Once upon a time, there was a little race with a hill to kick off the party, screaming HOYA students, pricey shops (that beg you to shop but aren't open), a lonely island called Hains Point, some more hills to keep the party going, the "Gauntlet" and a hill to finish the party.   And some years ghosts & goblins also show up for the big day. What is all this ooh-rah about? Why it's the Marine Corps Marathon! The MCM holds a special place in my heart. It was my first marathon (2005). Now I'm getting to run it for a third time (making it marathon number 10 or 13 if you count the training marathons I've run:)). If this is your first time running MCM, here is a little preview of what you can expect come Halloween race day.

Men (and women) in uniform! For us gals out there, this makes the pain of 26.2 miles worth it. From the start of the race to the bitter sweet end, there will always be a uniform to comfort your sweaty soul. I know that brings comfort to a lot of women :).

Weather! The weather can be a bit unpredictable (welcome to DC!). In recent years it has been warm. For the 2010 edition, the temps are supposed to be in the 70s. Dress for the heat. Your body will warm up. Trust me on this.

Hills. I have run Boston Marathon (forwards & backwards actually) and I think the hills on the MCM course could compete with Beantown. You start on a hill. You end on a hill. Be prepared. Don't go out to fast at the start. You'll pay for it later on.

Party! There are plenty of wild, cheering crowds (hello Georgetown party people!) The first mile that takes you up a hill in Rosslyn, VA is lined with people. Then again in Georgetown, M Street, Constitution  Avenue, before & after Hains Point, Crystal City and the end. The finish is spectacular. You won't even notice you are running UP the Iwo Jima hill. Well maybe you will, but seriously let the  party crowd take you home!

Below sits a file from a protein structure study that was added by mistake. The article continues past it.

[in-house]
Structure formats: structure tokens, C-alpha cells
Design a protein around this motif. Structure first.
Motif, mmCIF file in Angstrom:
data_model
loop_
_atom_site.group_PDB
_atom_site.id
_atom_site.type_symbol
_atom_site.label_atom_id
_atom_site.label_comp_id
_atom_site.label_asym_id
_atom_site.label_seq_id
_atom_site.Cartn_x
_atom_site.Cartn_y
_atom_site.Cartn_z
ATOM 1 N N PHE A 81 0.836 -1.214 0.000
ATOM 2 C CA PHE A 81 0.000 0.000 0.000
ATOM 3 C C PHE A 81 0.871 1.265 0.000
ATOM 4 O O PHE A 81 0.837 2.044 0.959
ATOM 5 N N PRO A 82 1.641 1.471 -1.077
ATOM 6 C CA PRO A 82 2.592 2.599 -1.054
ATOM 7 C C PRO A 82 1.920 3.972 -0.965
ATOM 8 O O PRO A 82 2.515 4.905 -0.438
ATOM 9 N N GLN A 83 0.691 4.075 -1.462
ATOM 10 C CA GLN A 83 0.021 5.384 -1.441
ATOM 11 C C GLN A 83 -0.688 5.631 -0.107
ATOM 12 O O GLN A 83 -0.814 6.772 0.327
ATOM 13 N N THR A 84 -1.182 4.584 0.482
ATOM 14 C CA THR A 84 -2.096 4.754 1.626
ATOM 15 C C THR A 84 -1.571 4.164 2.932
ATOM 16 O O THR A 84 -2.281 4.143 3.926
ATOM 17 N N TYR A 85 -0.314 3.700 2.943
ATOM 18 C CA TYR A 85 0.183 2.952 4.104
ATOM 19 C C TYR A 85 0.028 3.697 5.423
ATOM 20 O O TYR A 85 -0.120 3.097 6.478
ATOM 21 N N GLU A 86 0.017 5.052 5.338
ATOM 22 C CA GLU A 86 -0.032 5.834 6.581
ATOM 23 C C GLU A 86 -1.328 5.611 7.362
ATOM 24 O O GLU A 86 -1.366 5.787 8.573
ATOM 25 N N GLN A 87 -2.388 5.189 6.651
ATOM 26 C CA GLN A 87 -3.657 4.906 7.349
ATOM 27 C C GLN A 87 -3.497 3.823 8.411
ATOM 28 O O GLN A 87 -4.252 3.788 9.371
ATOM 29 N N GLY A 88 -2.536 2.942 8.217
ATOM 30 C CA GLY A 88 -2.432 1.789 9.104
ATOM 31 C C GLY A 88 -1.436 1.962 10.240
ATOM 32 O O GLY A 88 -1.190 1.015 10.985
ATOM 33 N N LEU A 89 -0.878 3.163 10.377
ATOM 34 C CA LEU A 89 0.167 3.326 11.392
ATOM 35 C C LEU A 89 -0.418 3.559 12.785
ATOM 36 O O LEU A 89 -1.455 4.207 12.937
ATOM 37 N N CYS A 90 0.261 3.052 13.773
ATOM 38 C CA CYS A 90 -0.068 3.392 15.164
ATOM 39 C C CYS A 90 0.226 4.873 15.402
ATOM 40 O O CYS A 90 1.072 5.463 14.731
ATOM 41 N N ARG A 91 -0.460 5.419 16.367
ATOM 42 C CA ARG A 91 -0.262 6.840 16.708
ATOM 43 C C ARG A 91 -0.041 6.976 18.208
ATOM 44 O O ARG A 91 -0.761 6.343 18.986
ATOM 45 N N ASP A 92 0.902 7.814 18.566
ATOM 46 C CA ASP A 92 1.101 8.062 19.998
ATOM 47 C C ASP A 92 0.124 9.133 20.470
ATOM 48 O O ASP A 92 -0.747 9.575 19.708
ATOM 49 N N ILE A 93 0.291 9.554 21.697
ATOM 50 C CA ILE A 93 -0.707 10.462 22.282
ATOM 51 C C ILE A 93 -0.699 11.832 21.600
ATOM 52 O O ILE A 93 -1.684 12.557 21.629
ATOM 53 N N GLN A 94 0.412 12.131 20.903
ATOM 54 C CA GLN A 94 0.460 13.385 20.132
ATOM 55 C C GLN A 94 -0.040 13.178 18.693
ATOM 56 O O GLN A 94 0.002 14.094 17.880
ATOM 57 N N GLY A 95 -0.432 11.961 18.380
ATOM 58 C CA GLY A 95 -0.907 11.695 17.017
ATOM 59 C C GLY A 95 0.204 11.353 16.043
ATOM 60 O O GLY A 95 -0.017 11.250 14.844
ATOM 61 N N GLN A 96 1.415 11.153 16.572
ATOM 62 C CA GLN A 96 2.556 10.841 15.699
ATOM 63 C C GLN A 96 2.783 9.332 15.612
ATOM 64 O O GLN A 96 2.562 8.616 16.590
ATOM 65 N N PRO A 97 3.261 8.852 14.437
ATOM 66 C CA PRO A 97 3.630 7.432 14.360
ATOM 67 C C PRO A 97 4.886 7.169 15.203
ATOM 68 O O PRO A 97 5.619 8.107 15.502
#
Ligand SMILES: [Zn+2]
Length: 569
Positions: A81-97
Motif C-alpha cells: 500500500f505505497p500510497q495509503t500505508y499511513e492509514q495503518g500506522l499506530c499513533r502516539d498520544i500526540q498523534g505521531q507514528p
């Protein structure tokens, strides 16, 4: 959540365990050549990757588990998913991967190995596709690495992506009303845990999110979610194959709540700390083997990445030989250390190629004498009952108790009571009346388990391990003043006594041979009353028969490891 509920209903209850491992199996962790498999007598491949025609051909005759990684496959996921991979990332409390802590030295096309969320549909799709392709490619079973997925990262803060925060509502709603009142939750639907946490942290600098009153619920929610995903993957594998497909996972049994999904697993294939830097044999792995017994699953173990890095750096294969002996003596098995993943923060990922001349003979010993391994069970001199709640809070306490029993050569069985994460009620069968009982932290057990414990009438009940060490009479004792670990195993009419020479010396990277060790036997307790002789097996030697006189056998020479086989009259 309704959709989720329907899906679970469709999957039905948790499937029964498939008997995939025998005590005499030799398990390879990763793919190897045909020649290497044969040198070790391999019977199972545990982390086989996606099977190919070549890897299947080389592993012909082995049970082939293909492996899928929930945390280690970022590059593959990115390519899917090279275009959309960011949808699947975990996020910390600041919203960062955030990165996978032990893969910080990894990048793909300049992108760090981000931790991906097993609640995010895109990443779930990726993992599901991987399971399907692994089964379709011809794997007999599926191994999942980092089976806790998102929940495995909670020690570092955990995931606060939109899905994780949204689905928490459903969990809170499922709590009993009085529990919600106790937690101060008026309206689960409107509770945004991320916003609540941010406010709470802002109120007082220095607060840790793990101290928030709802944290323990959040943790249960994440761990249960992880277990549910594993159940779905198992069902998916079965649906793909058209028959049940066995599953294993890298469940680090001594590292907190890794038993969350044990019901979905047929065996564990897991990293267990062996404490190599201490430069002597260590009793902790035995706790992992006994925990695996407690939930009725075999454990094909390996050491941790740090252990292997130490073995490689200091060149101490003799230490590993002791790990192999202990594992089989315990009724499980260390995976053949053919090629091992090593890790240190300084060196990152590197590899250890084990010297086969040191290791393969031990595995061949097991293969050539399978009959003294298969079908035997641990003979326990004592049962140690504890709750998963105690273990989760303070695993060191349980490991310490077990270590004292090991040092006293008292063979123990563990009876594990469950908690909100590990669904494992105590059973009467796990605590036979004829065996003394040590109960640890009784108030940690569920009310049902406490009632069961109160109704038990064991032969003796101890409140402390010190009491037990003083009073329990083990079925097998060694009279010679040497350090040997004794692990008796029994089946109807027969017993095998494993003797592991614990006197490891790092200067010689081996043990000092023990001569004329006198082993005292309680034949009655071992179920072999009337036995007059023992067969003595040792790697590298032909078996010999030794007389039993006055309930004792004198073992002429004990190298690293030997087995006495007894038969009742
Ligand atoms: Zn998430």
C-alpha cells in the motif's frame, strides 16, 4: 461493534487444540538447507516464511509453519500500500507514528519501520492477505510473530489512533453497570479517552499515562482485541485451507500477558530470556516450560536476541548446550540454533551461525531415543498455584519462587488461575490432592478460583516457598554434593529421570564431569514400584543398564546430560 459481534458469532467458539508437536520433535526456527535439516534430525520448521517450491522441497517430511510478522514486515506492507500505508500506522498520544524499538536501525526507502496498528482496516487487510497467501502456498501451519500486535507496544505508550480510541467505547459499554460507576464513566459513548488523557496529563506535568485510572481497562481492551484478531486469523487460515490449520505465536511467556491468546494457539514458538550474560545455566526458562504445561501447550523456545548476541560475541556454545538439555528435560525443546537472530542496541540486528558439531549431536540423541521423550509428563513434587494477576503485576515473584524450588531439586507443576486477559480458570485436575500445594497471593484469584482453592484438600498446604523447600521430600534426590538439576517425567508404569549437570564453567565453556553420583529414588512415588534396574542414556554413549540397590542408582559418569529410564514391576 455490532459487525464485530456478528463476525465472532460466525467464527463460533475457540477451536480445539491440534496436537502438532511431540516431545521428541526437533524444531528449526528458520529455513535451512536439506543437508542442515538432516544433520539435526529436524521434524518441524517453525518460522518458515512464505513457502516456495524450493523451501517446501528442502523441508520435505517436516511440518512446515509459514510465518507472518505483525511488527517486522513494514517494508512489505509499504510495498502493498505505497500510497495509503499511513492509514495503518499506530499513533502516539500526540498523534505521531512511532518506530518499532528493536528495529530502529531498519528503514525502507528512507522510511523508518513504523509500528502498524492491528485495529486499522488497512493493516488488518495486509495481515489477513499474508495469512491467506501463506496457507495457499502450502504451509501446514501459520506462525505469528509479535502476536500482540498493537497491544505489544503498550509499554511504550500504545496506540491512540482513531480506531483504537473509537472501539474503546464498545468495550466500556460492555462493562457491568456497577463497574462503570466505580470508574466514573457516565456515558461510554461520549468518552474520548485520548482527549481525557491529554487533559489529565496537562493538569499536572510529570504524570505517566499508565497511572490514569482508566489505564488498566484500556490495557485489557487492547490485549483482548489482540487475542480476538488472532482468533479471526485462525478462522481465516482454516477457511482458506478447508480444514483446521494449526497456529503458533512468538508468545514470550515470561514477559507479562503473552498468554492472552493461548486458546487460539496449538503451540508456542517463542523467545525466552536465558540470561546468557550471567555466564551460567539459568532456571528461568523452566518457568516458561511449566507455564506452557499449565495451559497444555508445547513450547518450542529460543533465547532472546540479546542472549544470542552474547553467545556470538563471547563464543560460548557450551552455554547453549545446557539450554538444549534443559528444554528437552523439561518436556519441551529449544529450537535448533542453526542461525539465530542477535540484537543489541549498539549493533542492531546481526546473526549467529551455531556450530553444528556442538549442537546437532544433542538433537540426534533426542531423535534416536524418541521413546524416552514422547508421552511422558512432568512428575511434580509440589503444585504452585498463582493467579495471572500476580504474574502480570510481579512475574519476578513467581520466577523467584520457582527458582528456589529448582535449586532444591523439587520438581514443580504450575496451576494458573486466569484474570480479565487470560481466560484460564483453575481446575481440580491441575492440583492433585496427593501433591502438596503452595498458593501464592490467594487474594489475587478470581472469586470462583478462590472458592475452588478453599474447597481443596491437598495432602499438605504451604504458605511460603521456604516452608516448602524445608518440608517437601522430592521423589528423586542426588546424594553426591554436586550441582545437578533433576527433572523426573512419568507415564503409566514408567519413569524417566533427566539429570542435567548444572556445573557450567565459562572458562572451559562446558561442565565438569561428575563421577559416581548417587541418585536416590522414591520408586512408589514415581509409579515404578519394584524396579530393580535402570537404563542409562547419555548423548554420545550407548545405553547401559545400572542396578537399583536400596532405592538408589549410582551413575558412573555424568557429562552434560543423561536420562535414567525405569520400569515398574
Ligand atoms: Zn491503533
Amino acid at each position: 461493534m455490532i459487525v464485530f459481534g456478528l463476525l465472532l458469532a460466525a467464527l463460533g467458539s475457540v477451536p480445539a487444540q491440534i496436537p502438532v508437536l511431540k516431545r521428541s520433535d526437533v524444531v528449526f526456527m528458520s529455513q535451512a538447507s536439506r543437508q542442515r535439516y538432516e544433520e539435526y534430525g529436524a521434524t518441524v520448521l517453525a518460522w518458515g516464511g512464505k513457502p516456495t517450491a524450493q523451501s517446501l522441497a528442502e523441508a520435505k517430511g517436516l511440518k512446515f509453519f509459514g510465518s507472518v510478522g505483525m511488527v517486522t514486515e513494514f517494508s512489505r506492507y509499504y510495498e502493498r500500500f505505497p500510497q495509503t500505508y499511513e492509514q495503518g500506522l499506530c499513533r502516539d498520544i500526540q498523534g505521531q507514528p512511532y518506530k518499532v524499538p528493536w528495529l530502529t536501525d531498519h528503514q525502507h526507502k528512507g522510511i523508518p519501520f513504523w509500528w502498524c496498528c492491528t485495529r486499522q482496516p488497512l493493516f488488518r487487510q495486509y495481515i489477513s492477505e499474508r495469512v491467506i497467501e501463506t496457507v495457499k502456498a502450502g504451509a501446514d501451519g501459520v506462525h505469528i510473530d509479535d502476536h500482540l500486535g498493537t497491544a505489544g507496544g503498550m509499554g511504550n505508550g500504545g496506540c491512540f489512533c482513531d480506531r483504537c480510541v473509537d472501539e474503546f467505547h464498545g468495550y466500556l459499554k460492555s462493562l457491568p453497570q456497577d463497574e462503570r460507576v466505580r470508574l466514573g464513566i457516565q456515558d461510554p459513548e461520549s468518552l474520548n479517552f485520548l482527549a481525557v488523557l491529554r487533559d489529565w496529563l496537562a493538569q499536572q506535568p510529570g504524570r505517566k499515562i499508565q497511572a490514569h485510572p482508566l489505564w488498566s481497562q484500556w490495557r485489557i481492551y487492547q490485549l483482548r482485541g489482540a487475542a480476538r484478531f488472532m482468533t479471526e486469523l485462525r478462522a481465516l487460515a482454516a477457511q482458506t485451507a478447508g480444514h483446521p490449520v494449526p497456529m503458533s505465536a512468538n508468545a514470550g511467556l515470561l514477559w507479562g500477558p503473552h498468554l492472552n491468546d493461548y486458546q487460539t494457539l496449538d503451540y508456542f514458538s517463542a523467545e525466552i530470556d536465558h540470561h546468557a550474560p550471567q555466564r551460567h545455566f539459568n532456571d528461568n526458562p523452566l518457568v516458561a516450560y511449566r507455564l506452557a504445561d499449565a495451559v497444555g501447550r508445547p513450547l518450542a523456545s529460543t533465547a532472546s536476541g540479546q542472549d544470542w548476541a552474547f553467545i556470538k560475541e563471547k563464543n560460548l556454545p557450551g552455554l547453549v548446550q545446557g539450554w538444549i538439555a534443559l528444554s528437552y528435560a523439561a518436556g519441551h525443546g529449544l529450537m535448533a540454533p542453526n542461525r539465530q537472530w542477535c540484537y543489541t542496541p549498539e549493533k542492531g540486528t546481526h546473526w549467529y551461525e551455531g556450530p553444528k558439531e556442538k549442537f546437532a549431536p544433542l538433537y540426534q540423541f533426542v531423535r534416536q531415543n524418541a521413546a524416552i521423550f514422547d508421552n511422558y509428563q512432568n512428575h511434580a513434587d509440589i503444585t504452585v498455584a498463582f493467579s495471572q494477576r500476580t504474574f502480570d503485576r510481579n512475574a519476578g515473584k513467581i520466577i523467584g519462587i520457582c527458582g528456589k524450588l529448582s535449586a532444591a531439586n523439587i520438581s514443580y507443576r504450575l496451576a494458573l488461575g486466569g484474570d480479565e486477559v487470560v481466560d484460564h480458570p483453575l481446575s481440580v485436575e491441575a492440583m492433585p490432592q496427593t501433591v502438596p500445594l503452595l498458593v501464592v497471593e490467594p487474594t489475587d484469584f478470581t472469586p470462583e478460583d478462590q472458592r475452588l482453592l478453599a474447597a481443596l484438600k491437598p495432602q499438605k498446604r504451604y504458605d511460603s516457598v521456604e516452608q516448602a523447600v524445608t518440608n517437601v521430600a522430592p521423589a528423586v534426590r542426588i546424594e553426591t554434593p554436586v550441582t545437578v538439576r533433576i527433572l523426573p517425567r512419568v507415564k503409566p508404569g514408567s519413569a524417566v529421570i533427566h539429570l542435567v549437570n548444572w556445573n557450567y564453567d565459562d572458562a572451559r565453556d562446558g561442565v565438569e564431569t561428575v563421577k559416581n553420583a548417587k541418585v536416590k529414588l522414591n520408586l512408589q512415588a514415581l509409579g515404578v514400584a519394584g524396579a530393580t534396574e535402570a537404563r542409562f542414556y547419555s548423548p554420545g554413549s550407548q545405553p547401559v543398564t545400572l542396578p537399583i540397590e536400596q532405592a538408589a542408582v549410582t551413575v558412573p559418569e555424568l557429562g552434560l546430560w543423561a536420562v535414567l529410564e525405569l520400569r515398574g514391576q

Course. The route has changed from when I ran it in 2005. Hains Point is a very lonely area come mile 18. Today it's mile 13. So you don't have to be worried about that! It does tend to be windy out there, so take note. The 14th street bridge is also another lonely area. One of my favorite parts of the route is running by all the monuments. Sure, I can run by them daily, but running with 34,999 of your closest friends, acquaintances (or enemies) makes it feel like one large, happy, sweaty field trip. Or frat/sorority party. Take your pick:) Be prepared for the loop around the Pentagon. You'll run (or hobble) down a hill and you can hear the screams. You think you are close, but realize that you still have a good mile to go. Let the screams pull you up the hill (it does have an end) and across the finish line into the arms of a Marine. In theory, mind you.

Have Fun! As with every race, I encourage you to have fun, enjoy the sights, sounds and smells. Leave the iPod at home. You are running in the nation's capital for pete's sake. Enjoy it. Relish it. Run it.

The running of the 35th Marine Corps Marathon is about to happen. If you're running it in spirit (injury) or for real, take a moment & thank the men & women who serve our country. And run like the wind!

Sarah Stanley is still deciding what she'll be for Halloween. Perhaps a runner. With a Marine Corps Marathon twist :) What do you think she should be? Leave a comment below! May the best guess win!

Photo by: dbking

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